To send content items to your account,
please confirm that you agree to abide by our usage policies.
If this is the first time you use this feature, you will be asked to authorise Cambridge Core to connect with your account.
Find out more about sending content to .
To send content items to your Kindle, first ensure email@example.com
is added to your Approved Personal Document E-mail List under your Personal Document Settings
on the Manage Your Content and Devices page of your Amazon account. Then enter the ‘name’ part
of your Kindle email address below.
Find out more about sending to your Kindle.
Note you can select to send to either the @free.kindle.com or @kindle.com variations.
‘@free.kindle.com’ emails are free but can only be sent to your device when it is connected to wi-fi.
‘@kindle.com’ emails can be delivered even when you are not connected to wi-fi, but note that service fees apply.
Submarine melting of tidewater glaciers is proposed as a trigger for their recent thinning, acceleration and retreat. We estimate spring submarine melt rates (SMRs) of Kangiata Nunaata Sermia in southwest Greenland, from 2012 to 2014, by examining changes in along-fjord freeboard and velocity of the seasonal floating ice tongue. Estimated SMRs vary spatially and temporally near the grounding line, with mean rates of 1.3 ± 0.6, 0.8 ± 0.3 and 1.0 ± 0.4 m d−1 across the tongue in 2012, 2013 and 2014, respectively. Higher melt rates correspond with locations of emerging subglacial plumes and terminus calving activity observed during the melt season using time-lapse camera imagery. Modelling of subglacial flow paths suggests a dynamic system capable of rapid re-routing of subglacial discharge both within and between melt seasons. Our results provide an empirically-derived link between the presence of subglacial discharge plumes and areas of high spring submarine melting and calving along glacier termini.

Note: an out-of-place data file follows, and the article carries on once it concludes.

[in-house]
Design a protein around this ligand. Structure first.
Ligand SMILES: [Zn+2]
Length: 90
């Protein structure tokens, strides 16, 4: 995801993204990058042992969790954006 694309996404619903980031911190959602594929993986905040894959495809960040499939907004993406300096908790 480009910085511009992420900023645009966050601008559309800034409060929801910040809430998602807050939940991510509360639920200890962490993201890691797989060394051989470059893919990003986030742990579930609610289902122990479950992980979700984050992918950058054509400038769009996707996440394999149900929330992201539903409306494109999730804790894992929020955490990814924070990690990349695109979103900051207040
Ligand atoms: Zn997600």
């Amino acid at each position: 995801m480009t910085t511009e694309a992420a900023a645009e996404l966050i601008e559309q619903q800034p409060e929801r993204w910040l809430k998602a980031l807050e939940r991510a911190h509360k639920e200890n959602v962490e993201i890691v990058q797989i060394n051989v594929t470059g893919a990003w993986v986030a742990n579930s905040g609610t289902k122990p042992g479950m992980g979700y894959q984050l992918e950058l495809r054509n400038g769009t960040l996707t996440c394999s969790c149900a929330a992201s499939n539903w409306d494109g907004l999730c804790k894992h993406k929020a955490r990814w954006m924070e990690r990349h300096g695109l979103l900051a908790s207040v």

Atomistic simulation methods have been used to model the structure of the (1014) surfaces of calcite, dolomite, and magnesite under dry and wet conditions. The potential parameters for the carbonate and water species contain shell terms to model the polarizability of the oxygen atoms. These static calculations show that the surfaces undergo relaxation leading to the rotation and distortion of the carbonate groups with associated movement of cations. The dry surface energies are 0.322, 0.247, and 0.256 Jm−2 for calcite, dolomite, and magnesite respectively. The influence of water on the surface structure and energies has been investigated for monolayer coverage. When fully hydrated with a monolayer of water, the surface energy for calcite is reduced indicating a stabilization of the surface with hydration. The extent of carbonate group distortion is greater for the dry surfaces compared to the hydrated surfaces, and for the dry calcite relative to that for dry magnesite.
Klaus Alpers has recently recovered from the obscurity of Byzantine lexica the fragments of what appears to be a novel dating from c. A.D. 100, and notable to us, as it was for the Byzantine excerptor, for the elegant verbal borrowings from ancient comedy, always a favourite source of good Attic Greek for the atticists of imperial times. One of these glosses gives occasion to look again at fishing metaphors for erotic business, a subject discussed often enough by scholars, but still perhaps capable of revealing new nuances. These hunting and fishing metaphors are used as one would expect in many non-amatory contexts, but in both love poetry and its allied genres they occur throughout antiquity in such quantity that the metaphorical complexity reaches into very allusive language. Long ago Preston had already pointed out that ‘Figures from hunting, fowling and fishing as parallel to the arts of the meretrix, are very frequent, and are developed at unusual length.’ There was undoubtedly a realistic side to all of this metaphorical hunting. ‘The lover is a fish to be baked, as long he has juice in him’, says the bawd at Plautus, Asinaria 177, and one needs little imagination to realize what plays can be made on such a theme, and indeed were made at all levels throughout antiquity.